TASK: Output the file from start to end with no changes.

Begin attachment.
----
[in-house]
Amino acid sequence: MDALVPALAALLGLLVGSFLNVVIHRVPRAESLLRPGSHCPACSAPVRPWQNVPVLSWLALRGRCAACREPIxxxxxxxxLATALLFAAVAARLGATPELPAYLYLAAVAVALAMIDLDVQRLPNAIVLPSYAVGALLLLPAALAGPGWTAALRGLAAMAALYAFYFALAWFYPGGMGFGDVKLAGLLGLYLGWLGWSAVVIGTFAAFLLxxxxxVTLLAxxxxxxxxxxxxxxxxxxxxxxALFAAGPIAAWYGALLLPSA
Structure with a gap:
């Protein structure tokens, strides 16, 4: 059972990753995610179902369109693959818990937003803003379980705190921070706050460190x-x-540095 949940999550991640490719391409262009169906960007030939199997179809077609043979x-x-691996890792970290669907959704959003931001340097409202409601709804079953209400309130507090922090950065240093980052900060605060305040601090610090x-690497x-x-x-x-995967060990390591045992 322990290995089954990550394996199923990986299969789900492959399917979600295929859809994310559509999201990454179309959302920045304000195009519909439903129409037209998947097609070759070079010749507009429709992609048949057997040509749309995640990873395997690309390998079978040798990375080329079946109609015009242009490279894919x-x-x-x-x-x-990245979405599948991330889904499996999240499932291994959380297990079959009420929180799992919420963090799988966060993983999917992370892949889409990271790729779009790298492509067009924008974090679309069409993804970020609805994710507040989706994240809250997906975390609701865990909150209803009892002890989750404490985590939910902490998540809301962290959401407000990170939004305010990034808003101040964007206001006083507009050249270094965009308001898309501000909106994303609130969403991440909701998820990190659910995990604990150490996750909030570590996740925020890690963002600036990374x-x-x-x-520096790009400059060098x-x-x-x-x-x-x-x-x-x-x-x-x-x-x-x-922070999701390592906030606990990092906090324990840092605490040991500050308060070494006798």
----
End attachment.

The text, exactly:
[in-house]
Amino acid sequence: MDALVPALAALLGLLVGSFLNVVIHRVPRAESLLRPGSHCPACSAPVRPWQNVPVLSWLALRGRCAACREPIxxxxxxxxLATALLFAAVAARLGATPELPAYLYLAAVAVALAMIDLDVQRLPNAIVLPSYAVGALLLLPAALAGPGWTAALRGLAAMAALYAFYFALAWFYPGGMGFGDVKLAGLLGLYLGWLGWSAVVIGTFAAFLLxxxxxVTLLAxxxxxxxxxxxxxxxxxxxxxxALFAAGPIAAWYGALLLPSA
Structure with a gap:
């Protein structure tokens, strides 16, 4: 059972990753995610179902369109693959818990937003803003379980705190921070706050460190x-x-540095 949940999550991640490719391409262009169906960007030939199997179809077609043979x-x-691996890792970290669907959704959003931001340097409202409601709804079953209400309130507090922090950065240093980052900060605060305040601090610090x-690497x-x-x-x-995967060990390591045992 322990290995089954990550394996199923990986299969789900492959399917979600295929859809994310559509999201990454179309959302920045304000195009519909439903129409037209998947097609070759070079010749507009429709992609048949057997040509749309995640990873395997690309390998079978040798990375080329079946109609015009242009490279894919x-x-x-x-x-x-990245979405599948991330889904499996999240499932291994959380297990079959009420929180799992919420963090799988966060993983999917992370892949889409990271790729779009790298492509067009924008974090679309069409993804970020609805994710507040989706994240809250997906975390609701865990909150209803009892002890989750404490985590939910902490998540809301962290959401407000990170939004305010990034808003101040964007206001006083507009050249270094965009308001898309501000909106994303609130969403991440909701998820990190659910995990604990150490996750909030570590996740925020890690963002600036990374x-x-x-x-520096790009400059060098x-x-x-x-x-x-x-x-x-x-x-x-x-x-x-x-922070999701390592906030606990990092906090324990840092605490040991500050308060070494006798």